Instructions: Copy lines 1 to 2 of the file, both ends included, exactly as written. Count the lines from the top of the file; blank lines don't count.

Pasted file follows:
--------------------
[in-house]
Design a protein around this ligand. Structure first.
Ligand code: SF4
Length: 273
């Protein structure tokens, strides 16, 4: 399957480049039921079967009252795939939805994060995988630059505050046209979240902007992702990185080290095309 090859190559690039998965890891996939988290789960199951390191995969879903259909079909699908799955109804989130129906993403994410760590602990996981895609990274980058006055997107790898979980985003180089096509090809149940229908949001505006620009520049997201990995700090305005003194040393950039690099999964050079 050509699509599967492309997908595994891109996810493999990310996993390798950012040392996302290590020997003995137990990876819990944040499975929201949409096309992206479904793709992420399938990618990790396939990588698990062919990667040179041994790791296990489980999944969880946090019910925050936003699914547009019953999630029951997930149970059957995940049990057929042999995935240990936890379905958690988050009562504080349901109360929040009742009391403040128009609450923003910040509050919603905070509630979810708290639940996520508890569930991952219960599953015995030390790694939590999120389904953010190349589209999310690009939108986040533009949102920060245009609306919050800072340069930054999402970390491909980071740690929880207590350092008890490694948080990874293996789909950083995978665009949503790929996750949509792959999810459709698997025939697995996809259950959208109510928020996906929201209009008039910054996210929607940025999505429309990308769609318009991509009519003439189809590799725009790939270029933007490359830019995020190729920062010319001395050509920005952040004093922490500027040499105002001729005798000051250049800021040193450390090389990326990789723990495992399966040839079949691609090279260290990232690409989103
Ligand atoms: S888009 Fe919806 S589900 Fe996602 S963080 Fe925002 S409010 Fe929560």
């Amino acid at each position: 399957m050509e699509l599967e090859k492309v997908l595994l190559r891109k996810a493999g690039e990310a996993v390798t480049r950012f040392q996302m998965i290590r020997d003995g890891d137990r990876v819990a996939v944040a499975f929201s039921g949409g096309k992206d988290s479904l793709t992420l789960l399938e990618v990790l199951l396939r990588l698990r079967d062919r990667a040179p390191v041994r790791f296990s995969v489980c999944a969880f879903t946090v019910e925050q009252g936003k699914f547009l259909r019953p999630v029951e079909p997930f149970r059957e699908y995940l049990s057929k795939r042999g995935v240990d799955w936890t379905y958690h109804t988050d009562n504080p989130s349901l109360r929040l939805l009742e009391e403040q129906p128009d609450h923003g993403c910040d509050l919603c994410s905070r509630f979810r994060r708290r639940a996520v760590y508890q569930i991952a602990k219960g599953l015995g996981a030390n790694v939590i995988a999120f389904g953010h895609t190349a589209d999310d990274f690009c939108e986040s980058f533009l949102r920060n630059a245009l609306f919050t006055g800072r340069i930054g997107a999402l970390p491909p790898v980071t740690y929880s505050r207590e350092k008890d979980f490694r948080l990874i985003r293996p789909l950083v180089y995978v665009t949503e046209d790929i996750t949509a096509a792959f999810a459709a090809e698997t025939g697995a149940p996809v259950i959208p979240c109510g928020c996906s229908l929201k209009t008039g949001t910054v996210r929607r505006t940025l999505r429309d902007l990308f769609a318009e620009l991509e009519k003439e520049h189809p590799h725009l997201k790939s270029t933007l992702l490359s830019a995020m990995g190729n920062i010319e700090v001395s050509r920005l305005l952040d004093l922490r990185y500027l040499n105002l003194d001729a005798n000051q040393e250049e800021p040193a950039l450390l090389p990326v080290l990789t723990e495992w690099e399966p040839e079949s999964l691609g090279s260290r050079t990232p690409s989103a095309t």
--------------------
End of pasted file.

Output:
[in-house]
Design a protein around this ligand. Structure first.